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#7 Bill DiPietra

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Posted 30 December 2015 - 04:03 PM

I remember seeing it in the theater and I liked the grainy, night look, but that's just me.  I've always preferred to actually see the grain/noise on-screen and it was clearly enhanced for this film because that's the look Michael Mann wanted.


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#8 Freya Black

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Posted 30 December 2015 - 04:10 PM

I remember seeing it in the theater and I liked the grainy, night look, but that's just me.  I've always preferred to actually see the grain/noise on-screen and it was clearly enhanced for this film because that's the look Michael Mann wanted.

 

It could easily look better in the theatre I guess. I saw it when it came out of DVD and I was shooting night time stuff on Mini-DV that looked better back then so I didn't quite get it. Especially the nasty colour and chromatic abberation everywhere too.

 

I don't mind a bit of video noise but I felt this didn't work.

 

Quite liked the movie tho oddly.

 

Freya


Edited by Freya Black, 30 December 2015 - 04:11 PM.

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#9 Carl Looper

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Posted 30 December 2015 - 06:00 PM

From what I understand the digital was being used in a way that would make a virtue of what digital could do differently from film, and part of that was the way in which digital rendered night scapes.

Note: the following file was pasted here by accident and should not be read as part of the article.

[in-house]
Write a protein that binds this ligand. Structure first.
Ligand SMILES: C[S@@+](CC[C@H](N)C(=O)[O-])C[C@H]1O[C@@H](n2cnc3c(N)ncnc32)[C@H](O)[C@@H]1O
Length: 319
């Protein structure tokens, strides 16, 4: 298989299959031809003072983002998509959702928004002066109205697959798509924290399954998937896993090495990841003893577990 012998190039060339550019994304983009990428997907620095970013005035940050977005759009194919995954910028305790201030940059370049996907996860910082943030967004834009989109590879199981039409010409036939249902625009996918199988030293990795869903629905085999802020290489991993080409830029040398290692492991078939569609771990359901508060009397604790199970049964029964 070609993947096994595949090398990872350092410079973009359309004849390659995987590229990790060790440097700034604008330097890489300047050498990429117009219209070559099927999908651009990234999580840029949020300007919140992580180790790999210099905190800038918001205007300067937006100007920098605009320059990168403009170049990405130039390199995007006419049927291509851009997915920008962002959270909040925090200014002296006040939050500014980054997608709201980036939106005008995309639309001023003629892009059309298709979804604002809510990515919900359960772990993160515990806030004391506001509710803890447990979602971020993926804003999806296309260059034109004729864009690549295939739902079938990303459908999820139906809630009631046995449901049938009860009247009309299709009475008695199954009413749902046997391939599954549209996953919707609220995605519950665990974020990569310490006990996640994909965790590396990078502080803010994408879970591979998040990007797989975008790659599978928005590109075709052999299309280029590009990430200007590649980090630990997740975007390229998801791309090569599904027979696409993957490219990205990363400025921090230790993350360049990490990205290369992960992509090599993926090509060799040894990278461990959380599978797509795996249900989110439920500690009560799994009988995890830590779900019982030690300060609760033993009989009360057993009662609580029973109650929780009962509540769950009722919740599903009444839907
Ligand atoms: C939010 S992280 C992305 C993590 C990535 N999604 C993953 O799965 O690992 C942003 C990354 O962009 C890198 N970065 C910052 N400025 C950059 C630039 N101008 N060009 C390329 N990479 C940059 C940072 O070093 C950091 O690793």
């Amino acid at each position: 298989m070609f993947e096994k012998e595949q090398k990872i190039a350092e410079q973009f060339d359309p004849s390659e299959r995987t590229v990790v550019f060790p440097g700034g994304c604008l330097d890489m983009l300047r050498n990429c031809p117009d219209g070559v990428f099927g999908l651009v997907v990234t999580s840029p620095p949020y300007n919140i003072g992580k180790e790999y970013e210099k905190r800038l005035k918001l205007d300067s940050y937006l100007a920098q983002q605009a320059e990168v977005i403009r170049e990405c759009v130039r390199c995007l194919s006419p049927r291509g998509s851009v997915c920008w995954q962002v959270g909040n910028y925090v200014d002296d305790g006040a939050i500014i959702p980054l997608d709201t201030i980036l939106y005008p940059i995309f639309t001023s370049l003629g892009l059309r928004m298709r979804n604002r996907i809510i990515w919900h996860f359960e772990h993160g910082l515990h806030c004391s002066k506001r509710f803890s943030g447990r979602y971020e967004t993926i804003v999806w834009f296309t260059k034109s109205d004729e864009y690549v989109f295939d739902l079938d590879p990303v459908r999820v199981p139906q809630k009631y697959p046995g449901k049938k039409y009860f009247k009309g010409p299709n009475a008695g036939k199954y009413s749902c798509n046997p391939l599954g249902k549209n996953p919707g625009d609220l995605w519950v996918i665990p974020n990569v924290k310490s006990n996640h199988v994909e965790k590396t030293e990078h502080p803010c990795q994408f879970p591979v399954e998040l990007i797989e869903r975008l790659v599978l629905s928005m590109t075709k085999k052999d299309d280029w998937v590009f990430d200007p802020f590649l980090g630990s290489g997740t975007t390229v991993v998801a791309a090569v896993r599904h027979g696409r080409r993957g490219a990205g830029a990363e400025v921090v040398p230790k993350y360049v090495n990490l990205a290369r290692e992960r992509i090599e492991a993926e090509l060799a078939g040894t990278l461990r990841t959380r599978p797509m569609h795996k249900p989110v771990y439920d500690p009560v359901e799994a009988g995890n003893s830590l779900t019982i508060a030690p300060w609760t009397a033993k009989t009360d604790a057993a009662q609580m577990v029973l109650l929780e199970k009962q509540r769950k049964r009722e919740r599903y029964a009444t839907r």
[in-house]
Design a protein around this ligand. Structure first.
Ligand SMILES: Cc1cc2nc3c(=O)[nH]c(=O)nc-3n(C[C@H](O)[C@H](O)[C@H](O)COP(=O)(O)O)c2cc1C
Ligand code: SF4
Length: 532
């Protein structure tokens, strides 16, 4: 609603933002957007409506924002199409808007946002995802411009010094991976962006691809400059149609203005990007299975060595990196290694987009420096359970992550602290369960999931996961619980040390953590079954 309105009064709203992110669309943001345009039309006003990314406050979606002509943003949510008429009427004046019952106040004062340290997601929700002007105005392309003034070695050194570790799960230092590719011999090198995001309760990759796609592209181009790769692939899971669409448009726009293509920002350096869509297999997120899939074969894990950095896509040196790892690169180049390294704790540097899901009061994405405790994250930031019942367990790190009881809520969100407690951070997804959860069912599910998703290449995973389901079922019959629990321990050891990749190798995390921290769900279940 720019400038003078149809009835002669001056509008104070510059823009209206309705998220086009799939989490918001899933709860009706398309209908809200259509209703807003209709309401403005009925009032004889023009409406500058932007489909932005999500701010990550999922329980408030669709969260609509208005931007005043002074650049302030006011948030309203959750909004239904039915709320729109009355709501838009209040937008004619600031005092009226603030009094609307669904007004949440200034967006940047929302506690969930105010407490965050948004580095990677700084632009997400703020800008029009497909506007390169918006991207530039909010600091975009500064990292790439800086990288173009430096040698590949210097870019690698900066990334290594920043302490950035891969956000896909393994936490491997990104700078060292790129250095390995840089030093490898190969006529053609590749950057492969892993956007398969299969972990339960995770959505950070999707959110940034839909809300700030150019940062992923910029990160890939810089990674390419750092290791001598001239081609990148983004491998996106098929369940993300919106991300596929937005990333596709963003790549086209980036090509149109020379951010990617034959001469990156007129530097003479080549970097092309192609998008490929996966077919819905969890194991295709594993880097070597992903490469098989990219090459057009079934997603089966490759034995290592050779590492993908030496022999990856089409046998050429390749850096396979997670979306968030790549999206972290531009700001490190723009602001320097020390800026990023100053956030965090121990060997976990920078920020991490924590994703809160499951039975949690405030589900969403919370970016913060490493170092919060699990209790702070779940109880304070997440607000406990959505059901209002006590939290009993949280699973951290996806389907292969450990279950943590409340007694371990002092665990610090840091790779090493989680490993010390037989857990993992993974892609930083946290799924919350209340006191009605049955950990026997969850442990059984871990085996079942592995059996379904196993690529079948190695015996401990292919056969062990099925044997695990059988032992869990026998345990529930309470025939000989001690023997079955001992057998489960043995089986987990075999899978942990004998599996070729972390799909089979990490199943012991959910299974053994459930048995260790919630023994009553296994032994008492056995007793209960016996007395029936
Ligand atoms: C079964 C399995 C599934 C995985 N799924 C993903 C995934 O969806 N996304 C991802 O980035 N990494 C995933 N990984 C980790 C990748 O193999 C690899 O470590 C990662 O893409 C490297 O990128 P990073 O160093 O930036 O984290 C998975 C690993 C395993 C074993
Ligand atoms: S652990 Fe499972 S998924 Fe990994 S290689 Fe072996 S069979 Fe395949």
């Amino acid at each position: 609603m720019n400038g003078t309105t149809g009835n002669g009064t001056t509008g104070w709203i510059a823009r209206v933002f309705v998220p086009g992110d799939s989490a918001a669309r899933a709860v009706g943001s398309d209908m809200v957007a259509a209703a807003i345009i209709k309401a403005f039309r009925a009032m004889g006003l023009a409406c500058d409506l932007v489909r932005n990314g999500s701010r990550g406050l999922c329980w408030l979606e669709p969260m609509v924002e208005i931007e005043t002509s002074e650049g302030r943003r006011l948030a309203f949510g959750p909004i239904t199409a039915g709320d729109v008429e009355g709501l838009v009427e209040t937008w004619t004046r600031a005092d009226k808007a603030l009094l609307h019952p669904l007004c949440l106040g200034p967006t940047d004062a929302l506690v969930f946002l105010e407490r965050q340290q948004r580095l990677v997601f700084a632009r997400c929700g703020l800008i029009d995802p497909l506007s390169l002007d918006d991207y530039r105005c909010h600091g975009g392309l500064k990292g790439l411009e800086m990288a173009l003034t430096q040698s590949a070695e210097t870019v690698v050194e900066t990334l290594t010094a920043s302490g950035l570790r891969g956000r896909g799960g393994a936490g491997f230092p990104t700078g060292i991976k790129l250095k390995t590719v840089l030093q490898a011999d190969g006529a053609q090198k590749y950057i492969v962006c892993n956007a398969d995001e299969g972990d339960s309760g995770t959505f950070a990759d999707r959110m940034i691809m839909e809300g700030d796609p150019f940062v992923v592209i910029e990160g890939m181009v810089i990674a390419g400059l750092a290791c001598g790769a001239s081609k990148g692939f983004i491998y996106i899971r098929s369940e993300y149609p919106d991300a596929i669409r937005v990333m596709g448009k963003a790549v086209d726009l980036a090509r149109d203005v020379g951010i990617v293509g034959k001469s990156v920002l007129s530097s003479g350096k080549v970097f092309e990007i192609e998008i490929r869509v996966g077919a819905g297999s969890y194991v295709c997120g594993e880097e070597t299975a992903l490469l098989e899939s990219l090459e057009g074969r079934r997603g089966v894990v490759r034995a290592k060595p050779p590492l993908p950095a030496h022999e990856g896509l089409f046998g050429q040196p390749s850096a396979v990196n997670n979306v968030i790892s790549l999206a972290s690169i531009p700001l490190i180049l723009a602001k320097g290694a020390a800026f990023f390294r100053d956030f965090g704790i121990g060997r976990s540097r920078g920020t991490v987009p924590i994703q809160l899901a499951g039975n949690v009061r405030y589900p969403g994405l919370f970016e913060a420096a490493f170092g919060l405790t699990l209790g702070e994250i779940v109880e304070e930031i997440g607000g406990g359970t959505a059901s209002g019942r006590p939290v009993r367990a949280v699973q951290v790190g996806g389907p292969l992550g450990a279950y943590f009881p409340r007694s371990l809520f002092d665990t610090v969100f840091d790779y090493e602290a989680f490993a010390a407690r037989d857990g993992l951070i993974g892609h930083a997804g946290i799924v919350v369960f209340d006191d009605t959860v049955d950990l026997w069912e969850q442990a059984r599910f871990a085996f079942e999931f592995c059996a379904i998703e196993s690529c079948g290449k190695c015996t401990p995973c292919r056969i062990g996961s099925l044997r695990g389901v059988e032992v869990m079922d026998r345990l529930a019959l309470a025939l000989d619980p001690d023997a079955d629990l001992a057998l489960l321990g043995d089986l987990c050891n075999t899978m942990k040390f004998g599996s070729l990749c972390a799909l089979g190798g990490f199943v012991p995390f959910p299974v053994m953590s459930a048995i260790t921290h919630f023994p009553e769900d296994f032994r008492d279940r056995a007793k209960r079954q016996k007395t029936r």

C


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#10 David Mullen ASC

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Posted 30 December 2015 - 06:28 PM

Pushed digital has more open shadows than pushed film, which gets more contrasty.  Also, the Viper has 2/3" sensors so there is more depth of field than with 35mm, so for night photography being shot wide-open, it's unusual to see deeper focus images since most movies are or were shot on 35mm film.  So the effect in some ways is more like how we see at night (ignoring the noise) rather than how urban nightscapes usually are rendered in traditional 35mm movies.


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#11 Ravi Kiran

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Posted 30 December 2015 - 07:56 PM

For the Blu-Ray, were the video scenes taken from the original video footage or from the film-out?


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#12 David Mullen ASC

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Posted 30 December 2015 - 08:33 PM

I suspect that for a movie released in 2004 with a mix of HD and 35mm, the home video masters (HD and SD) were made from a telecine of the film-out, but I could be wrong.  It would be the easiest way to get it into an HD master for home video back then.  Now if the movie had been even more popular, there might have been a push to re-do the video master by putting the whole movie through a new 2K D.I. and make the HD version from that, but I don't see that happening.

 

I could be wrong, maybe the home video master is made directly from whatever digital master they created for the film-out.

 

Remember that they mixed some Sony F900 into the Viper footage, and the Viper used that odd 2.40 digital anamorphic process that allowed you to use all 1080 lines for a 2.40 image, whereas the Sony F900 footage had to be cropped to 2.40.